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Πάφος: Pafos and its Archaeological Sites
This is my site Written by Φρεντ Χαρτ on Φεβρουάριος 16, 2019 – 11:16 μμ

It was overcast in Larnaca this morning, feeling fresh but otherwise dry.

After a late breakfast and a walk along the sea front and through the market, I went to inspect my car in daylight. I figured out how to use the climate control – Clearly the car had been used by a Greek most recently, so I turned the temperature right down.

My car for the weekend

If you look closely at Cypriot number plates – or at least the newer ones – they now show in small print the month and year of registration. My car is 4 years old (dated 02/15), and is quite a good car for a hire car. 6 gears, got quite a bit of power, not that you need a fast car out here though, in a country where the national speed limit is 100km/h – just 60mph!

Today involved quite a bit of driving, but relatively easy – motorway all the way from Λάρνακα-Larnaca to Πάφος-Pafos and then back again this evening – a journey of 140km (86 miles) in each direction.

In a windy Pafos I met up with Will, a friend from Cirencester who has been here since the beginning of January. We spent some time walking around the various archaeological sites in Pafos and drove the short distance to a local restaurant where we had a 3 course meal for €12,50 each. (The στιφάδο-stifado was very good)

Spot the cat sitting having a wash on the mosaic.

It was dark for most of the journey back, as I didn’t leave Pafos until after 5. My observations of the Cypriot roads are that

  1. Absolutely no one pays any attention at all to the speed limits.
  2. No one, that is, apart from the Cypriot police car who trundled along in the slow lane at 100km/h with his blue lights on – but it didn’t seem to bother him that just about everyone overtook him at 120km/h*.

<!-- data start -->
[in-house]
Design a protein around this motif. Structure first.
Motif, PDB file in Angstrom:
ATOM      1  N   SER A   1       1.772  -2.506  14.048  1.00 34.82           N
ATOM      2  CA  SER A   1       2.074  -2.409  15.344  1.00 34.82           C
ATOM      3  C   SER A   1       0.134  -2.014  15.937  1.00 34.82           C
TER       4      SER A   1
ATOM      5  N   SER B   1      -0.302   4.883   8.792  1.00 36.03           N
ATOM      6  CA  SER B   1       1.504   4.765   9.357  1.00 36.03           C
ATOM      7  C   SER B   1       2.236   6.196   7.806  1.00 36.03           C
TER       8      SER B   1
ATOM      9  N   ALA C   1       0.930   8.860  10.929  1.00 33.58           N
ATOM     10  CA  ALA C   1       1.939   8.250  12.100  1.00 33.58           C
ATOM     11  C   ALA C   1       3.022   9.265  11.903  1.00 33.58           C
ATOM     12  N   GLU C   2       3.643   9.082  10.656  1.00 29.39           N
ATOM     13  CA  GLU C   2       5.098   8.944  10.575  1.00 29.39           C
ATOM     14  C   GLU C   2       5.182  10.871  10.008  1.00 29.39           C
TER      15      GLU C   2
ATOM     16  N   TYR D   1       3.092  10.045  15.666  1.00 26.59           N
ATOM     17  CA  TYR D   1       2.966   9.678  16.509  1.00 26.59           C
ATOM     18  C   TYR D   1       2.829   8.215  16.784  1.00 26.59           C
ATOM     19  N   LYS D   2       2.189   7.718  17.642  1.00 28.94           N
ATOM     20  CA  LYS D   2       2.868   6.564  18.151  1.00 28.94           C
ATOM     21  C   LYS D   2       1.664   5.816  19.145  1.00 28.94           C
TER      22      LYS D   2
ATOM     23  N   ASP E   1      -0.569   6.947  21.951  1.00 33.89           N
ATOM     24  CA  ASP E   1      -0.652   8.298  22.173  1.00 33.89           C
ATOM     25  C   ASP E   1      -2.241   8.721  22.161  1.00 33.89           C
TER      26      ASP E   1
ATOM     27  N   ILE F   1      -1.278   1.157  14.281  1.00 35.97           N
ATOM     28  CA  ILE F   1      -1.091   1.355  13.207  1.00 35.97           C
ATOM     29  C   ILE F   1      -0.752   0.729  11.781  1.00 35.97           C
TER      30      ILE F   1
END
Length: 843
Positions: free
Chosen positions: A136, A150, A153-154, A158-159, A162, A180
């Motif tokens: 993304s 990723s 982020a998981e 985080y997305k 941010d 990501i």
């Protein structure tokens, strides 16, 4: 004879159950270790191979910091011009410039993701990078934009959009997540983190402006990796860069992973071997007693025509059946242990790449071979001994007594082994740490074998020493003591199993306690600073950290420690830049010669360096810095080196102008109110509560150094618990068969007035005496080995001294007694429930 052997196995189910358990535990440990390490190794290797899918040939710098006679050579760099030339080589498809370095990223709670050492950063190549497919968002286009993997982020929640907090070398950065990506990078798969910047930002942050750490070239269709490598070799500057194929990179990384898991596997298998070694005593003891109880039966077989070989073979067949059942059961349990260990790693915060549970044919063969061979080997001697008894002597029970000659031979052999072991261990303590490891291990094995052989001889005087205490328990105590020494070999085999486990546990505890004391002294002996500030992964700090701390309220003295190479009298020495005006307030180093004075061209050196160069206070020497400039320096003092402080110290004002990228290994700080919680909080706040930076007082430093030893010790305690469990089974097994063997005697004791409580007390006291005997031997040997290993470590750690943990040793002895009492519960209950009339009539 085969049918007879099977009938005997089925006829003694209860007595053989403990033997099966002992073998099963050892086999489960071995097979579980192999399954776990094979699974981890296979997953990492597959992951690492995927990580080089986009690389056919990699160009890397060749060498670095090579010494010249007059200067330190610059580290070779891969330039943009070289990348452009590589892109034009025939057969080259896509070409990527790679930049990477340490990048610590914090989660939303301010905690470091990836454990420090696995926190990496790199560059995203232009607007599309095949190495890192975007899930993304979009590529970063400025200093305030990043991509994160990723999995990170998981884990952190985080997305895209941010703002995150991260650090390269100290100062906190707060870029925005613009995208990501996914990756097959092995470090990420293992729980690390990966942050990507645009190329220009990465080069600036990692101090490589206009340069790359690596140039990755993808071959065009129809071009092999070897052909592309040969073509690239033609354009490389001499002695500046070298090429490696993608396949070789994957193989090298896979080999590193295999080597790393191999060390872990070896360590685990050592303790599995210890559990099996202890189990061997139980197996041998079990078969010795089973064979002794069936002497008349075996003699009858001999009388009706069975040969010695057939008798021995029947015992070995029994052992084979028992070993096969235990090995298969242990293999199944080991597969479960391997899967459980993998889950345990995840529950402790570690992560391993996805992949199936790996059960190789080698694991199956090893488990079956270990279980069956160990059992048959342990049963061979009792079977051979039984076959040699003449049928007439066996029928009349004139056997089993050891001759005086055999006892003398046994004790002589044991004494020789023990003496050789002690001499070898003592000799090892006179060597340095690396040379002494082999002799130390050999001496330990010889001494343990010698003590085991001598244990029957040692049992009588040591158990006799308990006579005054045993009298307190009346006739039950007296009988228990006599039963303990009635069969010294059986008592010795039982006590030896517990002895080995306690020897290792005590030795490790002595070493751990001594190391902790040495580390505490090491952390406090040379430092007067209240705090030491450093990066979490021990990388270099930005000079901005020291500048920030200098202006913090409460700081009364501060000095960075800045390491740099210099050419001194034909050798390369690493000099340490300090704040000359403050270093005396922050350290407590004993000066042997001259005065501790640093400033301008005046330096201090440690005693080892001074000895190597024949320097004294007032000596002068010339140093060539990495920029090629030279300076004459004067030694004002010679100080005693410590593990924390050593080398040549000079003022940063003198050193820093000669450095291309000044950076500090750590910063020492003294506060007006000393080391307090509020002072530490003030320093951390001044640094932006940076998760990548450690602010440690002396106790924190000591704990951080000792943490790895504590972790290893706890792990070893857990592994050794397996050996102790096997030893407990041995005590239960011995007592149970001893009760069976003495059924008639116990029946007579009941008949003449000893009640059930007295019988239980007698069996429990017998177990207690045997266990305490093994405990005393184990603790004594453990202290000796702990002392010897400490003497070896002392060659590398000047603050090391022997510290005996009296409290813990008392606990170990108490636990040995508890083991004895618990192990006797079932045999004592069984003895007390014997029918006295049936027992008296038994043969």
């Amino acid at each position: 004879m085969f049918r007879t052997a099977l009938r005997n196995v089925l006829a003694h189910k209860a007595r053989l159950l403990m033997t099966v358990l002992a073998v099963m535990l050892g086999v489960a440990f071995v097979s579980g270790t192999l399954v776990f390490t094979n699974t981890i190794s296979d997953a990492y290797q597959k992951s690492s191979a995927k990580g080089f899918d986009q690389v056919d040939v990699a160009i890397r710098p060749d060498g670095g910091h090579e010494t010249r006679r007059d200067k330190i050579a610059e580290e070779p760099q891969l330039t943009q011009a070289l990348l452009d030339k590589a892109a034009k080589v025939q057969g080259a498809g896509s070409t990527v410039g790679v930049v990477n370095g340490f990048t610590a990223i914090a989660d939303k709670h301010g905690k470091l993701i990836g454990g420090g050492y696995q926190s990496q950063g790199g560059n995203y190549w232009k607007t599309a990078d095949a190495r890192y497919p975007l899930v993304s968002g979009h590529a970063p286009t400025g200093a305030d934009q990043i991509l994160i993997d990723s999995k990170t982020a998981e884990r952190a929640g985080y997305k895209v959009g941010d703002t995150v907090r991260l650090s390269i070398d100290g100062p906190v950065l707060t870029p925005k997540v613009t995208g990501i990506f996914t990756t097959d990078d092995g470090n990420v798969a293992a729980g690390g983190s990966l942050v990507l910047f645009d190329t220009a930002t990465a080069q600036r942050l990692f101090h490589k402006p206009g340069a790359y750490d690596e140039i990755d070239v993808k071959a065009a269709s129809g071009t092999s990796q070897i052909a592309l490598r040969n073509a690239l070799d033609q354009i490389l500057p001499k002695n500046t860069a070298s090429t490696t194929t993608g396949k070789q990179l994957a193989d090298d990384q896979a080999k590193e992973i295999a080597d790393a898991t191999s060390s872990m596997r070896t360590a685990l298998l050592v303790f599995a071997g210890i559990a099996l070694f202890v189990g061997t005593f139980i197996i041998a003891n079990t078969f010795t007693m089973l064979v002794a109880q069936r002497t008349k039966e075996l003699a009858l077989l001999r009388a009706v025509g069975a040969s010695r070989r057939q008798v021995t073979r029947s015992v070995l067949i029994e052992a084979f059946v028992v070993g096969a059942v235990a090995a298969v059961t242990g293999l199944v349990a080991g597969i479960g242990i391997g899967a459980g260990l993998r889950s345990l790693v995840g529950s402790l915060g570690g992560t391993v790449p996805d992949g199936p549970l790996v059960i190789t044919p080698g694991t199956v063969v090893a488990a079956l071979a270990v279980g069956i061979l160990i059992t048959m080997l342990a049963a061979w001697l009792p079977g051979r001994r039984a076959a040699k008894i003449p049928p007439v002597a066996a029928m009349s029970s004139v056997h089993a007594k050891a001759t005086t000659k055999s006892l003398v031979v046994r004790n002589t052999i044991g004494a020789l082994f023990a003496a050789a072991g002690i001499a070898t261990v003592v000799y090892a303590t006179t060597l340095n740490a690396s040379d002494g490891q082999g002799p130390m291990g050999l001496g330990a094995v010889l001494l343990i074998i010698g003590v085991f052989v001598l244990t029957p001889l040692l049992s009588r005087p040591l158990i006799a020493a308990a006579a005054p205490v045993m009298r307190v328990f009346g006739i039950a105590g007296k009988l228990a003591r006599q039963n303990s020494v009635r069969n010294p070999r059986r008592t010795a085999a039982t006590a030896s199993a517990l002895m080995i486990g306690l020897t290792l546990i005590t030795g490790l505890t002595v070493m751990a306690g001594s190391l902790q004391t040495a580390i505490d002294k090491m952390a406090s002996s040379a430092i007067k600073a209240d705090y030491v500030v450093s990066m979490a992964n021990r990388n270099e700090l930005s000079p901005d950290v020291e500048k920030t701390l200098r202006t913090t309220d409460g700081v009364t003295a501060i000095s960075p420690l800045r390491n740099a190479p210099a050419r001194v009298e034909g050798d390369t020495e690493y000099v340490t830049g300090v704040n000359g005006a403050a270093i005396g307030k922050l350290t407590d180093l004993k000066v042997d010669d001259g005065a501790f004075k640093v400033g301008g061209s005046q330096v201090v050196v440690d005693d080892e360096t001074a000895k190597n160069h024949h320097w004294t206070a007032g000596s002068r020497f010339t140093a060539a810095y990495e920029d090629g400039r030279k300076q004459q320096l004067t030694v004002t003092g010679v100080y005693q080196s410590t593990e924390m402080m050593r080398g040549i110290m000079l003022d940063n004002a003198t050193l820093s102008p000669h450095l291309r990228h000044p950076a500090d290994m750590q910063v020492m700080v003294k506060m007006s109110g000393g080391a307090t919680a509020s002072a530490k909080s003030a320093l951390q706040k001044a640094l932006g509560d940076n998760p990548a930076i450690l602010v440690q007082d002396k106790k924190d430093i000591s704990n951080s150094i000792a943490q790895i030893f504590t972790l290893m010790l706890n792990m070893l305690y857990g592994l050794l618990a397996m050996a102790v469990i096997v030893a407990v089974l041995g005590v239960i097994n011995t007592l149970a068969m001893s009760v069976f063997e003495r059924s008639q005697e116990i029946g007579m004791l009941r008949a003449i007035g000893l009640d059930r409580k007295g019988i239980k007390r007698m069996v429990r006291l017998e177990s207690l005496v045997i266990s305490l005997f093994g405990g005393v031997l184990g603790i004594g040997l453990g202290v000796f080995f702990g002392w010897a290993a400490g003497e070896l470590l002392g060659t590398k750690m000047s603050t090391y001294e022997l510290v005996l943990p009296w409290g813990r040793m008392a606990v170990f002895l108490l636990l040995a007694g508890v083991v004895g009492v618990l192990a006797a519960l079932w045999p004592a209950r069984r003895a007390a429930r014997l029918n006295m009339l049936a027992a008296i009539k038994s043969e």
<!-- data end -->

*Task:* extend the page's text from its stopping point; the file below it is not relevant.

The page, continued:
3. *Unofficially, there is a 20km/h tolerance above National Speed Limit.
  4. High-end BMWs and Mercs seem to make up a large proportion of the vehicles on the roads here.
  5. Tailgating seems common. Some drivers get far too close for comfort.
  6. When an unmarked police car (a very fast Audi) with blue lights on came up behind me on the way back in to Larnaca, I thought for a minute he was about to pull me over. He didn’t.

Back in Larnaca, I strolled down to the sea front and had a light meal in a relatively busy restaurant overlooking the promenade.

Tomorrow not so much driving but I won’t have sat nav available – I’m heading to Northern Cyprus and while I will be able to use sat nav to see my GPS position, it won’t calculate directions from A to B once I cross the border.

That means I’ll be relying completely on Turkish road signs to find my way around (easier said than done)! I’ll try not to do what I did last year, which was to take a wrong turn and end up going down a dirt track for several miles, then driving down a half built (unfinished) motorway in a bid to find my way back to an actual road…

I will update tomorrow on the outcome of that, assuming I can find my way back to the border.

Καληνύχτα.

FH.

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